An appearance at a UEFA EURO, meanwhile, figures prominently on Grinfeeld's refereeing wish list. For now, though, both are thrilled to carry on learning at the 12th UEFA European U19 Championship.
Kulbakov considers the Under-19 EURO final as a "very important moment" in his career.
Opland, Kulbakov, Broughton and Zwayer (c) uefa.com
Aleksei Kulbakov has been selected to referee the UEFA European Under-19 Championship final, the culmination of a rewarding two-week period for the Belarusian official.
Aleksei Kulbakov is anticipating a "very important moment" in his career having been chosen to referee the UEFA European Under-19 Championship final between France and Serbia.
Fully focused on Thursday's showpiece in Marijampole, the 33-year-old Belarusian expressed his gratitude at being selected to officiate in the encounter, with his pride shared among the refereeing team – assistants Dermot Broughton of the Republic of Ireland and Leif Eric Opland from Norway and German fourth official Felix Zwayer.
"To be part of the refereeing team along with Dermot, Eric and Felix is both a big honour and a pleasure," Kulbakov told UEFA.com. "It's a very important moment in our refereeing lives. Every referee here at the tournament formed a great group. We were from countries all over Europe but spoke only one language, the language of football."
From their base in Kaunas, all of the match officials in Lithuania have received daily briefing sessions and fitness workouts which have formed part of an important learning process during the finals. "These past two weeks we have worked very professionally and in an in-depth manner while trying to improve ourselves as people and as referees," Kulbakov said.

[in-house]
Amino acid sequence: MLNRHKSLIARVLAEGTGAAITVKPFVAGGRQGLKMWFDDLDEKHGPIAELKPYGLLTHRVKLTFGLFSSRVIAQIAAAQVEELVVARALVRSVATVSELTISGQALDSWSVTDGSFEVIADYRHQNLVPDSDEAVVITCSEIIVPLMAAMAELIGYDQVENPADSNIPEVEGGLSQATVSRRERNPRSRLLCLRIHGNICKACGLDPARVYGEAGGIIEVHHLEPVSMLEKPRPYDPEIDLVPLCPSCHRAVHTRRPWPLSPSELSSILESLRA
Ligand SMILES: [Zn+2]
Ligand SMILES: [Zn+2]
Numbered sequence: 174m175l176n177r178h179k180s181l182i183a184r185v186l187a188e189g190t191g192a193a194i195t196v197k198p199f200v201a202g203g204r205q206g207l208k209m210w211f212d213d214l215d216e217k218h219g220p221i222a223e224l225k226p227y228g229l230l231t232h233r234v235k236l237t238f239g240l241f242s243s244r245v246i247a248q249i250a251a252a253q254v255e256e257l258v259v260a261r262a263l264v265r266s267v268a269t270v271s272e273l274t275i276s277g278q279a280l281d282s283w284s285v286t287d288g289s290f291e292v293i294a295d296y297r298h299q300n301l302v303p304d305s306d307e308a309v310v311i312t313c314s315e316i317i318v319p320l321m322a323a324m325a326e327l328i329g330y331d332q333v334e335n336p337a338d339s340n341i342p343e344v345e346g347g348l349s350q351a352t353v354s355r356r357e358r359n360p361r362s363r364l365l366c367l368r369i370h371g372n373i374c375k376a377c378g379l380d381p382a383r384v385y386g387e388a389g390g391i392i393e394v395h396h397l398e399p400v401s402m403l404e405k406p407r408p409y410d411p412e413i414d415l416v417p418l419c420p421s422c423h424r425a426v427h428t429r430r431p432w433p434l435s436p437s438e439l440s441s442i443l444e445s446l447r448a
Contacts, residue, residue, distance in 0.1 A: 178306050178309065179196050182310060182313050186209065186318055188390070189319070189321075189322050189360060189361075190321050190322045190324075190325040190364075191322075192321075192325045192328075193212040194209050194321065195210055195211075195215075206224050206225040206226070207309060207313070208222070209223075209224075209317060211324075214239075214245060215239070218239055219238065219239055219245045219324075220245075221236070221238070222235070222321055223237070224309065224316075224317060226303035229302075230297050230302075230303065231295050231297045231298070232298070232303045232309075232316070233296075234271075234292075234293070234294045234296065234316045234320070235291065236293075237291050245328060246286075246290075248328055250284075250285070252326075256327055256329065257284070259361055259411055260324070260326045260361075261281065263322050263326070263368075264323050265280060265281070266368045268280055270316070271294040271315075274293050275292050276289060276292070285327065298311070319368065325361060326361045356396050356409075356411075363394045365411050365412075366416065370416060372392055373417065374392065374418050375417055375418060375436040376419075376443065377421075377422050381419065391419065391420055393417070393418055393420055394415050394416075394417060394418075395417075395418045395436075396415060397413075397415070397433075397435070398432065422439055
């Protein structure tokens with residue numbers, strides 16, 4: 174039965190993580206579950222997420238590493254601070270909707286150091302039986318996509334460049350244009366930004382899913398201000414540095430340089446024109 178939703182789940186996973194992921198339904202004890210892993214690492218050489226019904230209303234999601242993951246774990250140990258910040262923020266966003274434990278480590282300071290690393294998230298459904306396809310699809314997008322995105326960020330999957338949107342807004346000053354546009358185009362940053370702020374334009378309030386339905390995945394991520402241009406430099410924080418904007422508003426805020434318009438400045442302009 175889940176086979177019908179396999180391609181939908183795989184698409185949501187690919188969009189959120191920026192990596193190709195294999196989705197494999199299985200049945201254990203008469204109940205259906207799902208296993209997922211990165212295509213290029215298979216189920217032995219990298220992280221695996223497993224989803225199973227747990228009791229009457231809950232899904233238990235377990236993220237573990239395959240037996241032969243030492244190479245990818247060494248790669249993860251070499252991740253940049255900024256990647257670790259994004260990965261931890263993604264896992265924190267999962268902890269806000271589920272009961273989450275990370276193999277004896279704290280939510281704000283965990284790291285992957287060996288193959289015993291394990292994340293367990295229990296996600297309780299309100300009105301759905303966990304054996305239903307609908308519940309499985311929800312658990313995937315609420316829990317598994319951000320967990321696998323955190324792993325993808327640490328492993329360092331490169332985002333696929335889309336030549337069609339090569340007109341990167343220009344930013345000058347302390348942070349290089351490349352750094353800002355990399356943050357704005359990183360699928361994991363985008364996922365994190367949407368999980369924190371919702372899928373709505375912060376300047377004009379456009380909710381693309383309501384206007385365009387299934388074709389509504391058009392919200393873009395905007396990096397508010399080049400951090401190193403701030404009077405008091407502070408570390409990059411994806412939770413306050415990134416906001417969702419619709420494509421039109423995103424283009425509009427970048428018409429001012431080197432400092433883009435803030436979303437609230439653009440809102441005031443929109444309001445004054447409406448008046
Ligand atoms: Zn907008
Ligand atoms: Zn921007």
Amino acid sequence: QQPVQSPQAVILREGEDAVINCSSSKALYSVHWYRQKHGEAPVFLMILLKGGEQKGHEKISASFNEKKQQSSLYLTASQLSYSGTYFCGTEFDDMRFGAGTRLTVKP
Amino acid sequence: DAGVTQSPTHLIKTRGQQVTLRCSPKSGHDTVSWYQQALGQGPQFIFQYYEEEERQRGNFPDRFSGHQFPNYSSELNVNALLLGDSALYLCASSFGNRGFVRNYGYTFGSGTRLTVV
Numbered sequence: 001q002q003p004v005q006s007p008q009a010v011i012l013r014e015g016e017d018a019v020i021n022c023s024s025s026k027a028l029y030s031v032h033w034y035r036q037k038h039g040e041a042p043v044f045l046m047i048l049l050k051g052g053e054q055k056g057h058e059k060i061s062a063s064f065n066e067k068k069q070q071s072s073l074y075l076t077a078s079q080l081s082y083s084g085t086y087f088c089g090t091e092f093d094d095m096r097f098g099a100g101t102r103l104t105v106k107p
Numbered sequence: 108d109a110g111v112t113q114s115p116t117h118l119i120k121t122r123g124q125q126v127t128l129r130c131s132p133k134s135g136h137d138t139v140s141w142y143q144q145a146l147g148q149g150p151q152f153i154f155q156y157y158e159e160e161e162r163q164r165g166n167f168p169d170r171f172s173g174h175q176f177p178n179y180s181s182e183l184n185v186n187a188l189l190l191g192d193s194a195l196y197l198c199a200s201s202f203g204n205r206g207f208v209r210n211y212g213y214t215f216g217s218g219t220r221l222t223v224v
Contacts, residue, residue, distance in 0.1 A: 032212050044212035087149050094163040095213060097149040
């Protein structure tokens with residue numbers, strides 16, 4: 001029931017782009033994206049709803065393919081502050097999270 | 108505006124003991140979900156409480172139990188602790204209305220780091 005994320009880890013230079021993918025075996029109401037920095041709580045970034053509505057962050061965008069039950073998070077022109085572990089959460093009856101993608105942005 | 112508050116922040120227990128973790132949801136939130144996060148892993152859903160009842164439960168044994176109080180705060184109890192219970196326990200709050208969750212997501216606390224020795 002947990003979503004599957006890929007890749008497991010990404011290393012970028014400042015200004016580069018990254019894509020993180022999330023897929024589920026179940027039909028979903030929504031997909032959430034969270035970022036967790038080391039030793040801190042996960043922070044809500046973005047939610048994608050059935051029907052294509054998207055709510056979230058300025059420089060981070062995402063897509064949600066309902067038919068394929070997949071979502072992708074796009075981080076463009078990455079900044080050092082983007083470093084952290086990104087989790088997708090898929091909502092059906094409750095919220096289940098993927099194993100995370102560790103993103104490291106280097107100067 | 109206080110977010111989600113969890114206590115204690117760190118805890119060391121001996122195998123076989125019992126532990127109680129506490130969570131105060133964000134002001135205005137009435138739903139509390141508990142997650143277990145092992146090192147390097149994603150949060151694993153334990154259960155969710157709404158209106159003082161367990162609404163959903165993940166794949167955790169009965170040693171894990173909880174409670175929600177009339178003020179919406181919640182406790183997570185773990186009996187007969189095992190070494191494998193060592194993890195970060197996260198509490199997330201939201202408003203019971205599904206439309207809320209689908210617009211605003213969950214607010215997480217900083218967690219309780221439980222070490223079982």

"We had really excellent physical and practical training with our coach while receiving highly informative analysis from our observers. We discussed a lot of situations with regard to reading the game. I can now take this information and these ideas back home with me and share them with my Belarusian refereeing colleagues."
Agreeing that the standard of football has been particularly high, Kulbakov said that the players and the Lithuanian public had combined to create a unique sporting event played in a warm atmosphere.
"Obviously the players here are all around 19 years old yet you can already see that many of them will be stars of the UEFA Champions League in the future," the referee explained. "We have also seen a lot of spectators here, even when Lithuania have not been playing, which goes to show the interest there has been in the tournament. This is a beautiful country where the people have been always willing to help us."
Having studied closely a recording of the finalists' 1-1 Group B draw last week, Kulbakov said his team of officials are expecting a different type of match. "This is a final and, as such, is a special game," he said. "We watched the sides' previous game but realise the next one will not be the same. We just want to concentrate and be prepared for any eventuality that may arise."
published on UEFA.com